Republican candidate Donald Trump was quick to defend his campaign manager, Corey Lewandowski after he was involved in what appeared to be a physical altercation at the a rally in Arizona.
Violence and aggression are fast becoming a hallmark of Trump rallies, and in the latest example of emotions over the outspoken businessman boiling over, his embattled campaign manager Lewandowski seemingly grabbed a protester by the throat.
Earlier in March, Lewandowski allegedly manhandled Breitbart News reporter Michelle Fields while she attempted to ask Trump a question. The Republican frontrunner has faced accusations that he himself has encouraged violence at his events saying that he would "pay the legal fees" for anyone who punched a protester.
After footage emerged of the incident, Trump was quick to defend a key member of staff and denied that an assault took place. He told ABC's This Week: "I give him credit for having spirit. He wanted them to take down those horrible, profanity-laced signs."
Who is Corey Lewandowski, the man behind the Trump's controversial campaign?
The 42-year-old has been advising Trump since January 2015, steering the Republican Party candidate to the brink of the candidacy.
Lewandowski studied at the University of Massachusetts and in 1994, while still an undergraduate college student, he ran for the 16th Middlesex district seat of the Massachusetts House of Representatives, which he lost to Thomas Golden, a Democrat.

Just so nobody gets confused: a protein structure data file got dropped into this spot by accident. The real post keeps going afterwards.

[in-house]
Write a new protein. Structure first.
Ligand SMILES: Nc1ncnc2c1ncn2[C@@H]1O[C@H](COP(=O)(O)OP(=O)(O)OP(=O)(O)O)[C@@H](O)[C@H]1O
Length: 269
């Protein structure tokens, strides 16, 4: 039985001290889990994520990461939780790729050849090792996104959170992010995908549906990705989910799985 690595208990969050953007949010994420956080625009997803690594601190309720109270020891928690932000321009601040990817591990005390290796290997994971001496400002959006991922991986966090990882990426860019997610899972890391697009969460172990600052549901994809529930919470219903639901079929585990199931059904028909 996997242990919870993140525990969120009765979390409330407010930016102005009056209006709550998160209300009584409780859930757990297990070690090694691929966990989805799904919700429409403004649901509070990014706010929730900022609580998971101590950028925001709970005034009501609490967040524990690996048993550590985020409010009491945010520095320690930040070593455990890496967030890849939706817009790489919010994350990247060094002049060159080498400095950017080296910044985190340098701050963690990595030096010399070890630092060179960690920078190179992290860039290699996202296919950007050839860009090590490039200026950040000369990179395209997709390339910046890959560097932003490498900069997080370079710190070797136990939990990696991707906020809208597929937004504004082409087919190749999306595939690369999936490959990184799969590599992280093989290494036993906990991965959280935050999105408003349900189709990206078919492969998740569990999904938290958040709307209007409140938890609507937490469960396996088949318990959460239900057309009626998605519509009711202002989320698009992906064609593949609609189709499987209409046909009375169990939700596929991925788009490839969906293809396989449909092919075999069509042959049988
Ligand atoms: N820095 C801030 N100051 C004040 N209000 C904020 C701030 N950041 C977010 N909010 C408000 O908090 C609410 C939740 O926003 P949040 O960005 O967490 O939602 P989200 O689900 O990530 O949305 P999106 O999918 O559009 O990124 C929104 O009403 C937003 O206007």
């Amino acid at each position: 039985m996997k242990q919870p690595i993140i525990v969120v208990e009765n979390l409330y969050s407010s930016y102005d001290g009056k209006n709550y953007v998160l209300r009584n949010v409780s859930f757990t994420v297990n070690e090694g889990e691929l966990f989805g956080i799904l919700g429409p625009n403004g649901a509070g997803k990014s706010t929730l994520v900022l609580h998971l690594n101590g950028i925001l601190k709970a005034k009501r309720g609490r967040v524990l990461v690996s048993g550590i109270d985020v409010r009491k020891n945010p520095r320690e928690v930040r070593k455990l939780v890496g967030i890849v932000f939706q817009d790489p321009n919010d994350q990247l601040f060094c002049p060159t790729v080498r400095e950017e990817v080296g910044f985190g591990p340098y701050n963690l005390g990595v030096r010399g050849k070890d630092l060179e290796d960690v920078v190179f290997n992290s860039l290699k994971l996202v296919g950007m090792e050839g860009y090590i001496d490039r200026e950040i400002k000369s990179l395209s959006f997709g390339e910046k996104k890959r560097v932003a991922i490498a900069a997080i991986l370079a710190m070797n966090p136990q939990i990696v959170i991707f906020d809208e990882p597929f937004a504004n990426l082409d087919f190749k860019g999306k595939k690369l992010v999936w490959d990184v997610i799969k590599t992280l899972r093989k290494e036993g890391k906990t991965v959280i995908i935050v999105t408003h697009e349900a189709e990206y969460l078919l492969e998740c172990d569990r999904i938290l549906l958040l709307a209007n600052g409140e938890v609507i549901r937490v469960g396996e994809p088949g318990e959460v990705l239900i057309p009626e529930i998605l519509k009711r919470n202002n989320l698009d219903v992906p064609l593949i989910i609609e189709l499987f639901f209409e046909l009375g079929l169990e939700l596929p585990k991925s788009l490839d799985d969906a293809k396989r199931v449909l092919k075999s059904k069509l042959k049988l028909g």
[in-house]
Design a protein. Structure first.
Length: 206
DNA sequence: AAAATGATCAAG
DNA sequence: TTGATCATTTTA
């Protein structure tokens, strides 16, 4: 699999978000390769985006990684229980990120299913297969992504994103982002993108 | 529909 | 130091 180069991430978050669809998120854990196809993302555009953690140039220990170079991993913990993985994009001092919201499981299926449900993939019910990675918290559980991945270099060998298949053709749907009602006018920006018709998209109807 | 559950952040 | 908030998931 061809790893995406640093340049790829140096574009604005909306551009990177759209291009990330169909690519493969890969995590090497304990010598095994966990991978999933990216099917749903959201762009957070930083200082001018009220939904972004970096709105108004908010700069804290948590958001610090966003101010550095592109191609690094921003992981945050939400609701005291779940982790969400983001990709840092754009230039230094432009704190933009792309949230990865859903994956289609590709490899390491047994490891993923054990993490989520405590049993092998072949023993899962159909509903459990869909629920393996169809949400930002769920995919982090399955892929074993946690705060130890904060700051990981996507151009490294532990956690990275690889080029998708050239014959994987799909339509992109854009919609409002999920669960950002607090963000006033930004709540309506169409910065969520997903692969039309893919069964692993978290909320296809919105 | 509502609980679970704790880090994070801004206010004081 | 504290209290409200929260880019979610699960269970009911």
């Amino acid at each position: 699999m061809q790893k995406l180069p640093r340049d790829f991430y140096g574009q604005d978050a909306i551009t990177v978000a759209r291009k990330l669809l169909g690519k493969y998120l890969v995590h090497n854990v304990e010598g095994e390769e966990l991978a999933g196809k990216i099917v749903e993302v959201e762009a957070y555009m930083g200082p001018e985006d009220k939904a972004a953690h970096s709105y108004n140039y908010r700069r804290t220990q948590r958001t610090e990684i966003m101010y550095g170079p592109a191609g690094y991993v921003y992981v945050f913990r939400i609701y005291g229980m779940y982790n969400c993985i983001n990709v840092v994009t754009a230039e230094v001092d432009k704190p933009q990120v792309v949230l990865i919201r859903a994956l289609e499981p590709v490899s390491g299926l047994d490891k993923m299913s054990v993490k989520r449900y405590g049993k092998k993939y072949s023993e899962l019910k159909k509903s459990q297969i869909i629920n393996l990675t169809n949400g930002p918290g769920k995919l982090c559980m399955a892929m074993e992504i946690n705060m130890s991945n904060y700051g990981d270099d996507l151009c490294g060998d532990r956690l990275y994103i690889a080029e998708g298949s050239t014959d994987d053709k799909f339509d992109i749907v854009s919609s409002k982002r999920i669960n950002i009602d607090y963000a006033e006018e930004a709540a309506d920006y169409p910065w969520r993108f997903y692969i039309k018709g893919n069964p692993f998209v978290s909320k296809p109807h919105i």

He earned an MA at American University and after completing this degree in 1997, he moved to Washington. Lewandowski interned for Democrat Massachusetts State Senator Steven Panagiotakos. He then worked with the Republican National Committee in 2001.
In 2001, Lewandowski got his first gig as a campaign manager, working for Republican US Senator Robert Smith of New Hampshire. The bid was due to fail, though, as John Sununu, the son of the state's former governor won the seat.
From 2003 to 2004, Lewandowski served as the executive director of the New England Seafood Producers Association. Then he became a lobbyist with Schwartz MSL, a Boston-based public affairs firm that represents the technology, healthcare, and green energy sectors in Washington.
He also served with the Koch brothers' Americans for Prosperity and in 2012, backing computer-repair mogul Josh Youssef. Youssef lost in the general election and is now a county chairman for Trump in New Hampshire.
According to Politico, Trump first met Lewandowski as the AFP and Citizens United held a "Freedom Summit" in New Hampshire. They kept in touch over the next few months before Trump hired him in January 2015.